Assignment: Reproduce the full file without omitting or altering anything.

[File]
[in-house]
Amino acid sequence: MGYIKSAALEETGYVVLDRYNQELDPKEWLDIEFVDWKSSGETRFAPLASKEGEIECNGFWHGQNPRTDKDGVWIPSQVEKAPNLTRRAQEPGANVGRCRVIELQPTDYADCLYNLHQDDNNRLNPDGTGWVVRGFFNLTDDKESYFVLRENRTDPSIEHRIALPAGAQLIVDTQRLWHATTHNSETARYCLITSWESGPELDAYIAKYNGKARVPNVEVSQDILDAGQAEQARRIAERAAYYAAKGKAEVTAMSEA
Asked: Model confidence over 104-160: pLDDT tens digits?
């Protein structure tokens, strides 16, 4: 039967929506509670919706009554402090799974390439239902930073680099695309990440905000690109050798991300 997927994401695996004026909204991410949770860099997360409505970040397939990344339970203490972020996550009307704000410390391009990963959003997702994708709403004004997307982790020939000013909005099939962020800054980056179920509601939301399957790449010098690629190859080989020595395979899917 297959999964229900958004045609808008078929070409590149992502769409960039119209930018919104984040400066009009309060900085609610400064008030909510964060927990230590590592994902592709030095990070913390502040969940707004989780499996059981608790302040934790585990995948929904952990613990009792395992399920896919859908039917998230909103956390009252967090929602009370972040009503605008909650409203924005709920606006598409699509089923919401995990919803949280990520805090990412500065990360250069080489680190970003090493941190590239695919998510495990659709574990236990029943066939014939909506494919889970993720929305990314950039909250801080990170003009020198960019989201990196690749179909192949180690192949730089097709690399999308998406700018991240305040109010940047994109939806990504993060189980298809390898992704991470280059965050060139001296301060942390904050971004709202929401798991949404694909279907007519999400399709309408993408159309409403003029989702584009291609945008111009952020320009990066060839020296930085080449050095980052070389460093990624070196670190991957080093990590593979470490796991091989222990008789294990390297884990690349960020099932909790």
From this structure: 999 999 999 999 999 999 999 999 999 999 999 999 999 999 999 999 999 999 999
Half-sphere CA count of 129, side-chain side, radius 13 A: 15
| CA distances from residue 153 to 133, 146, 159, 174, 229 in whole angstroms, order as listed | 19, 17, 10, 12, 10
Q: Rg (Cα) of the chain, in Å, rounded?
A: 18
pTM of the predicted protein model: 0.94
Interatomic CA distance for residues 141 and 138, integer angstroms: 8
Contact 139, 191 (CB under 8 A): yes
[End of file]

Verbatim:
[in-house]
Amino acid sequence: MGYIKSAALEETGYVVLDRYNQELDPKEWLDIEFVDWKSSGETRFAPLASKEGEIECNGFWHGQNPRTDKDGVWIPSQVEKAPNLTRRAQEPGANVGRCRVIELQPTDYADCLYNLHQDDNNRLNPDGTGWVVRGFFNLTDDKESYFVLRENRTDPSIEHRIALPAGAQLIVDTQRLWHATTHNSETARYCLITSWESGPELDAYIAKYNGKARVPNVEVSQDILDAGQAEQARRIAERAAYYAAKGKAEVTAMSEA
Asked: Model confidence over 104-160: pLDDT tens digits?
């Protein structure tokens, strides 16, 4: 039967929506509670919706009554402090799974390439239902930073680099695309990440905000690109050798991300 997927994401695996004026909204991410949770860099997360409505970040397939990344339970203490972020996550009307704000410390391009990963959003997702994708709403004004997307982790020939000013909005099939962020800054980056179920509601939301399957790449010098690629190859080989020595395979899917 297959999964229900958004045609808008078929070409590149992502769409960039119209930018919104984040400066009009309060900085609610400064008030909510964060927990230590590592994902592709030095990070913390502040969940707004989780499996059981608790302040934790585990995948929904952990613990009792395992399920896919859908039917998230909103956390009252967090929602009370972040009503605008909650409203924005709920606006598409699509089923919401995990919803949280990520805090990412500065990360250069080489680190970003090493941190590239695919998510495990659709574990236990029943066939014939909506494919889970993720929305990314950039909250801080990170003009020198960019989201990196690749179909192949180690192949730089097709690399999308998406700018991240305040109010940047994109939806990504993060189980298809390898992704991470280059965050060139001296301060942390904050971004709202929401798991949404694909279907007519999400399709309408993408159309409403003029989702584009291609945008111009952020320009990066060839020296930085080449050095980052070389460093990624070196670190991957080093990590593979470490796991091989222990008789294990390297884990690349960020099932909790």
From this structure: 999 999 999 999 999 999 999 999 999 999 999 999 999 999 999 999 999 999 999
Half-sphere CA count of 129, side-chain side, radius 13 A: 15
| CA distances from residue 153 to 133, 146, 159, 174, 229 in whole angstroms, order as listed | 19, 17, 10, 12, 10
Q: Rg (Cα) of the chain, in Å, rounded?
A: 18
pTM of the predicted protein model: 0.94
Interatomic CA distance for residues 141 and 138, integer angstroms: 8
Contact 139, 191 (CB under 8 A): yes